More than 2300 people across Australia and Zealand participated. In 46 hours we worked with data custodians and open data sets from local, state and federal governments to create innovative projects and demonstrate the value of open government data.
Meet the data owners
One week before GovHack an event was held at Melbourne Town Hall for us hackers to meet the data owners. The custodians of the official data sets each gave a three-minute presentation of their data then stayed for questions.
Lorraine Tighe from the City of Melbourne presented their open data platform. Steve Bennett from NICTA then impressed with a demonstration of NationalMap, a website for map-based access to spatial data from Australian government agencies. I spoke with Brad Petry from the Crime Statistics Agency who explained how their six-month-old agency was improving crime data with better taxonomies and making it accessible.
The next event was at the ThoughtWorks office where we would be hacking for the next two days. The Melbourne hosts Jordan Wilson-Otto and Lachlan Musicman welcomed us before GovHack was launched for Australia and New Zealand. I was impressed with the effort they had put into being inclusive, providing vegan catering, on-site childcare, a clear code of conduct and an apology for the binary-gendered bathrooms.
At 7 PM GovHack 2015 began with the announcement of the official data sets and potential prizes. We met as a team and decided what our project was going to be. The idea for our project came from Jane’s four-year-old daughter Zaya who wanted to go to a park with a pirate ship.
Cass and Kathryn then researched data sets and tested our idea with Megan Vassarotti and Jithma Beneragama from the Department of Premier and Cabinet Victoria while Pav and I made a prototype website using GitHub Pages.
We met back at ThoughtWorks the next morning with Zaya joining us on-site. I taught our team the basics of agile development, starting with a kanban wall and following with pivoting as we encountered numerous data quality issues.
While Megan helped connect us with data owners willing to assist us on a Saturday Jane remediated one of our data sets by manually entering GPS coordinates for each record. Flick illustrated our Pick-A-Park app, Jeff filmed us working, Pav iterated our website, Cass and Kathryn settled on data sets and I learned how to use ArcGIS and QGIS.
At 3:30 PM everyone on-site stopped for a status update. We didn’t have a viable product yet but Kathryn presented a confident update that captured a lot of attention. After some more work we headed home and stayed in contact using Slack.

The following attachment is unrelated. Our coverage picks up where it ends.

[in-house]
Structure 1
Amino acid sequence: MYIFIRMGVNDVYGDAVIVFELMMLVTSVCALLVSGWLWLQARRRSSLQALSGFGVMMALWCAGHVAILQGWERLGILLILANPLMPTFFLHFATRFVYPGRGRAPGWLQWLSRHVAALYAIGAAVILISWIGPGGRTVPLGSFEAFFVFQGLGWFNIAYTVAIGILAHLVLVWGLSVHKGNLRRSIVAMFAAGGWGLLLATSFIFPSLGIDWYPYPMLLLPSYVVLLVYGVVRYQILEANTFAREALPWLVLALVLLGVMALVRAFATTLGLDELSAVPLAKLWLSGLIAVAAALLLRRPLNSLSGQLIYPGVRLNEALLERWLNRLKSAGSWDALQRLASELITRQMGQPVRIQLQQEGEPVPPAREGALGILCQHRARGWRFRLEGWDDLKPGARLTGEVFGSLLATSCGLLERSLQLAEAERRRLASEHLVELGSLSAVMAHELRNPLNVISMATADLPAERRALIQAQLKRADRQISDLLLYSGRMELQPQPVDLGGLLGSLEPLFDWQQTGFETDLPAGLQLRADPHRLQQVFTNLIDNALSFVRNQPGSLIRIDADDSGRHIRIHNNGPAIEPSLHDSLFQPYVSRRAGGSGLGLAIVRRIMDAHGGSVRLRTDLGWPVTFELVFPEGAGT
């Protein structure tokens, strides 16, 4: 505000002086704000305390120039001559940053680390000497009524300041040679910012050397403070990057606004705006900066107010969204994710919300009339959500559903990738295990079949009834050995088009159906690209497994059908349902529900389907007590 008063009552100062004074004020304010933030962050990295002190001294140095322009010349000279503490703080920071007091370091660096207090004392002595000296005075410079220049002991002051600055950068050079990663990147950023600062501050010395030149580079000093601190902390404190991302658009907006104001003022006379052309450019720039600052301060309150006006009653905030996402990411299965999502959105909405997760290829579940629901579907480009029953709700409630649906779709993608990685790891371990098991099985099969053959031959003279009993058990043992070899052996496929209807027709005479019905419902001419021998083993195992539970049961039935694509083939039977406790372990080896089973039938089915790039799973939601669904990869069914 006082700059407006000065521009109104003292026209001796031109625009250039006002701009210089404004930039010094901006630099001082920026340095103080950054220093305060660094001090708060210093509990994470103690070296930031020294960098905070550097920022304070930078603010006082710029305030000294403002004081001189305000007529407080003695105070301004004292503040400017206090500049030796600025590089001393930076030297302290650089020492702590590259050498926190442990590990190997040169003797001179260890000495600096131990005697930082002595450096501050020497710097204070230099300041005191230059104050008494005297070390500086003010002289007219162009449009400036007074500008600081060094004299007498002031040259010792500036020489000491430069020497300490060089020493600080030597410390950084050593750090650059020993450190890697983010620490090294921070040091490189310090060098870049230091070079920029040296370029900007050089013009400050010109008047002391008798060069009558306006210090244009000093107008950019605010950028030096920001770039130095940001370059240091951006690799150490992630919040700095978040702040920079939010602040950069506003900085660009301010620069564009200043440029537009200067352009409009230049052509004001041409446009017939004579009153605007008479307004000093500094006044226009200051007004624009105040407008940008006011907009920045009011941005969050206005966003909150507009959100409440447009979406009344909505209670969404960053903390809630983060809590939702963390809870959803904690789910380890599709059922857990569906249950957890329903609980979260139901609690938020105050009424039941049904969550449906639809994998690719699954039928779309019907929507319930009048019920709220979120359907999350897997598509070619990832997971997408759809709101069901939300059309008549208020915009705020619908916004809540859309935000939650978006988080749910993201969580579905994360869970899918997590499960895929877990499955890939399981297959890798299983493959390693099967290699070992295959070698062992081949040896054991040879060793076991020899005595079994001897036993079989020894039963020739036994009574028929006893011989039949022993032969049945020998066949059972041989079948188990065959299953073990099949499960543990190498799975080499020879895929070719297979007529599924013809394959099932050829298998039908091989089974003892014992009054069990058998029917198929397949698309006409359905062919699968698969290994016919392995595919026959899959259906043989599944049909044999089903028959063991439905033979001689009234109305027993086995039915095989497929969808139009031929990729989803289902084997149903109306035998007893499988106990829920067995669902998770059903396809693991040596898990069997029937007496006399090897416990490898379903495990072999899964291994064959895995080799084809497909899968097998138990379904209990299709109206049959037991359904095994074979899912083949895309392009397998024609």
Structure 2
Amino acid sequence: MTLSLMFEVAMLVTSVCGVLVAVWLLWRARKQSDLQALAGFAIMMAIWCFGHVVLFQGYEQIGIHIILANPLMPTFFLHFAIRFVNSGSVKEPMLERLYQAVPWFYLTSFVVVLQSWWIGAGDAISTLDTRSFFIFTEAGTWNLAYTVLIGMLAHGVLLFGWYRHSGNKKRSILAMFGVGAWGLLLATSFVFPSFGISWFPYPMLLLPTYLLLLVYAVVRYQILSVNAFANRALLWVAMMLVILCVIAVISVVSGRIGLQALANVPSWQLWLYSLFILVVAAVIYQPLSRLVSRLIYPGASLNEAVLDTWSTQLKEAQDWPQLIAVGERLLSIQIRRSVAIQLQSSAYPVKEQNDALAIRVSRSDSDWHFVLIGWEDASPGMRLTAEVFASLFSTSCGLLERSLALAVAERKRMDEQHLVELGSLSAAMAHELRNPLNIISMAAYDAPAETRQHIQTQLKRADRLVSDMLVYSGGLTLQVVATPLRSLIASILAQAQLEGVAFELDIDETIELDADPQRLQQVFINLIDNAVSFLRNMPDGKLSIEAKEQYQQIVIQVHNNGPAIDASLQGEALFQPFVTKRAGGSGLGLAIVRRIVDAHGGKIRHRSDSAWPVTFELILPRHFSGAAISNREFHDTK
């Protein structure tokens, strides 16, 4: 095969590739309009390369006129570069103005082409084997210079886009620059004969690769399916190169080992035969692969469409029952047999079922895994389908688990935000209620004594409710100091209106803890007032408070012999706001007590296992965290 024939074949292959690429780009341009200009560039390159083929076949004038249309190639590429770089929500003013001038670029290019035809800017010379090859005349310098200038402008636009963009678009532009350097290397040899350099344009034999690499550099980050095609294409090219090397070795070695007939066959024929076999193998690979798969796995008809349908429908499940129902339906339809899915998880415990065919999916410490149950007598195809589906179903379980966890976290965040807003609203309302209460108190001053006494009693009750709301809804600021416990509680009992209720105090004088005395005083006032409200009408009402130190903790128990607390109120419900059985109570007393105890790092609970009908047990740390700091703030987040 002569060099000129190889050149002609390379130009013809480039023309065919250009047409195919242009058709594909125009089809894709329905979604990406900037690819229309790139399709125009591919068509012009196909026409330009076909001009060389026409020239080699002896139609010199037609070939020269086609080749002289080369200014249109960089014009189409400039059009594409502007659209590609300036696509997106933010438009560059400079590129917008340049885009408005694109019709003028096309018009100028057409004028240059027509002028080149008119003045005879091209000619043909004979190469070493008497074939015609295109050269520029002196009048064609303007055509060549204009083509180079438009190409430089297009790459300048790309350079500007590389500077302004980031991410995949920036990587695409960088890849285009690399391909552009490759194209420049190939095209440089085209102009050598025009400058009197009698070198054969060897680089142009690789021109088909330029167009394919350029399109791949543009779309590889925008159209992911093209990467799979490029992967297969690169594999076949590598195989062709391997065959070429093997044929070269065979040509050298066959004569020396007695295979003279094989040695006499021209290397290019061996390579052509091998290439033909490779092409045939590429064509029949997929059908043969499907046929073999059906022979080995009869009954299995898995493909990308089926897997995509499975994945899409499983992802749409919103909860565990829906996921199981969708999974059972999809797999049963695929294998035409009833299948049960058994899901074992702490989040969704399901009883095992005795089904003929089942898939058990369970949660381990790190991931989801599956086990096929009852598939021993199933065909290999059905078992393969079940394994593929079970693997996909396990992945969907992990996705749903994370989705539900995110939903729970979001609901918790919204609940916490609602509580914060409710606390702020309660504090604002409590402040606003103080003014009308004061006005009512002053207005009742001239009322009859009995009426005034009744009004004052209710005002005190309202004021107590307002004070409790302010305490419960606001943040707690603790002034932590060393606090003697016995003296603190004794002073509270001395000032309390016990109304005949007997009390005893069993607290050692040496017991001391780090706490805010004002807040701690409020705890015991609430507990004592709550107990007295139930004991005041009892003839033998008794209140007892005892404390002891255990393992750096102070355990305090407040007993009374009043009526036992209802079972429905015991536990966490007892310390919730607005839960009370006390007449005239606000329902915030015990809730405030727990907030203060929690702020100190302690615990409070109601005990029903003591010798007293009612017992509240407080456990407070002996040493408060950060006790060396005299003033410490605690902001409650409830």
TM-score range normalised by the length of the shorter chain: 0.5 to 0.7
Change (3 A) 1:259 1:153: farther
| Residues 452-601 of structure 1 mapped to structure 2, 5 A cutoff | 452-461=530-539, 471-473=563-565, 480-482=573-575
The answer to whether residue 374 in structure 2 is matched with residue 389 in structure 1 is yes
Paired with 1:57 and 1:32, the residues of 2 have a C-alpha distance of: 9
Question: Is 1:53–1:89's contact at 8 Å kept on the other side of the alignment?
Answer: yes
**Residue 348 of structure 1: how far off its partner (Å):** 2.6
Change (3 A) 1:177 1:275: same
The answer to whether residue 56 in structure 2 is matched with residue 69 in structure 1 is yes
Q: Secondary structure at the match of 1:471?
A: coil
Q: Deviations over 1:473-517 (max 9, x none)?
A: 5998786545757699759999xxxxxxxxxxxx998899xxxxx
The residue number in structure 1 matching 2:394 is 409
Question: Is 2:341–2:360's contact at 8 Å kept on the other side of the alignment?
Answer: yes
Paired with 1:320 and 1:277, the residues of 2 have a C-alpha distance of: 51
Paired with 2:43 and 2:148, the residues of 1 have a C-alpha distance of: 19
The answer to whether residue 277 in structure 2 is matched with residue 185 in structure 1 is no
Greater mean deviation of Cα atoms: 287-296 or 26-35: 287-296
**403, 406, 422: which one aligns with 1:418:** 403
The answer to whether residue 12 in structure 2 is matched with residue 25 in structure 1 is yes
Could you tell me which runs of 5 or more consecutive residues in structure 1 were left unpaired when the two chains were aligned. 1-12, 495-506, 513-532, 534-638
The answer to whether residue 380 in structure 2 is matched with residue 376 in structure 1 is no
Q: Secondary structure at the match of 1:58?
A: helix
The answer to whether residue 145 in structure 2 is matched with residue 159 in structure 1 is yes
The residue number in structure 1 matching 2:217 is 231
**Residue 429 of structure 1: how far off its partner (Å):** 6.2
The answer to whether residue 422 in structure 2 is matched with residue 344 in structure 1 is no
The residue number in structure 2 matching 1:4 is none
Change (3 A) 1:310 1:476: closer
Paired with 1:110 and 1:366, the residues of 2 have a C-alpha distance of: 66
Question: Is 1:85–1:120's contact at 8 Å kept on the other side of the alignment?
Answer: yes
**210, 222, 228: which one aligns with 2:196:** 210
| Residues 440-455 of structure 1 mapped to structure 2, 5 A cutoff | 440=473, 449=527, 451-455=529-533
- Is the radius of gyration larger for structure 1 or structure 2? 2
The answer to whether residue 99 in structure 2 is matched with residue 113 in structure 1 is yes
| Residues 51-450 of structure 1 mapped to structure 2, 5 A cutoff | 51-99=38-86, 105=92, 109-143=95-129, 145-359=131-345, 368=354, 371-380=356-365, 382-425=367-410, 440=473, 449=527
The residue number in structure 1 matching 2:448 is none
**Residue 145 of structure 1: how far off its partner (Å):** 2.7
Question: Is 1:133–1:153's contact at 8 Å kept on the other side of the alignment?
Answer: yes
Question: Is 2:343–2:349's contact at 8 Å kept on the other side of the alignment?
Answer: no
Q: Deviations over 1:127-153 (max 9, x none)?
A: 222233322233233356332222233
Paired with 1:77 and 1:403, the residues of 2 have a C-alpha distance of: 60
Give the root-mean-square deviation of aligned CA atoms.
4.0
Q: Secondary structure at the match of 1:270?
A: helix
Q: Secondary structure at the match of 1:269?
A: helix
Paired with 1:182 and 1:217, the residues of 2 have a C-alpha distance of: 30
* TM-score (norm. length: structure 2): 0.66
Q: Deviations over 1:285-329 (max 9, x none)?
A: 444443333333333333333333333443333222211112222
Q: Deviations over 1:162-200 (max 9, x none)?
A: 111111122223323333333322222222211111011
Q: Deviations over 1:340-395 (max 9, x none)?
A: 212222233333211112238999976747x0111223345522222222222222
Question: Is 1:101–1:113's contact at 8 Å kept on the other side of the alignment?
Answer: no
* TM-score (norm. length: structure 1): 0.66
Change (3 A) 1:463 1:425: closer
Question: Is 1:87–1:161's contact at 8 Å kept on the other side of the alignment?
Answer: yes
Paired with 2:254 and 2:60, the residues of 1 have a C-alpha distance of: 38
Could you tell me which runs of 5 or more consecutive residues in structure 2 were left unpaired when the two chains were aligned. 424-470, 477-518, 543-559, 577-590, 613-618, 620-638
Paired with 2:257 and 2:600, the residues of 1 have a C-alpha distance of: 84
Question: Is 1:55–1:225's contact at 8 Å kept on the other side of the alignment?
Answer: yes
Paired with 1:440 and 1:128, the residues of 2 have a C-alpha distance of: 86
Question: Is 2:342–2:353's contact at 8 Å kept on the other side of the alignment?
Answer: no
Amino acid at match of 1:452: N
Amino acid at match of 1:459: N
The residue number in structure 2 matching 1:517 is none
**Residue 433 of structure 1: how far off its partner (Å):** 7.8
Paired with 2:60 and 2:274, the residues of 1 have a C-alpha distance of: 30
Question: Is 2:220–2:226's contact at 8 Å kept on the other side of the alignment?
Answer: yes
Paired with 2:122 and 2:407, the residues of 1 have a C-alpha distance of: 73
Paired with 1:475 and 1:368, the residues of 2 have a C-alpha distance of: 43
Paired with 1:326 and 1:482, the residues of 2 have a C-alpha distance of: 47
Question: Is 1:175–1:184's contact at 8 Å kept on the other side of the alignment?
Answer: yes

As I finished preparing the data and developing the search function on Sunday morning Flick helped another team with designing their website. Jeff helped team EZRego record their video.
I drew the minimum viable Pick-A-Park on our whiteboard, a simple webapp that enables you to search for nearby parks by their facilities. Flick, Pav and I then finished developing it. Jane wrote the script for our video and Jeff filmed it while Cass wrote our team website and submitted us for several prizes. We finished with less than an hour to spare.
At 5 PM we all presented our work. My favourite project was Postcode Battle and my favourite video was from the Road Warriors. Jordan and Lachlan then awarded Flick and Jeff with spirit prizes for helping others.
Melbourne awards night
Six weeks later we were invited back for the Melbourne awards night. We had tried and failed to manage Jane’s expectations who was certain we would win prizes.
Fiona Dowsley from the Crime Statistics Agency shared her experience at GovHack Ballarat then awarded us the Victorian Government’s prize for exploring what Victoria has to offer.
Trish Spiteri from MAV Technology then awarded us their only prize which was for the best use of data to improve Victorian local government services (or access to services). This award was arranged by Lisa Bennetto.
The Victorian premier Dan Andrews congratulated us followed shortly by the Department of Education and Training secretary Gill Callister.
The spirit of GovHack
The GovHack code of conduct states that GovHack should be an awesome experience for everyone. From the many volunteers, hackers and government data custodians through to the food and drinks my experience was exactly that.
Everyone on my team who wrote “dev” on their name tag had developed something by Saturday afternoon and by Sunday we had published an app. I’m proud of our team and grateful for the experience and prizes.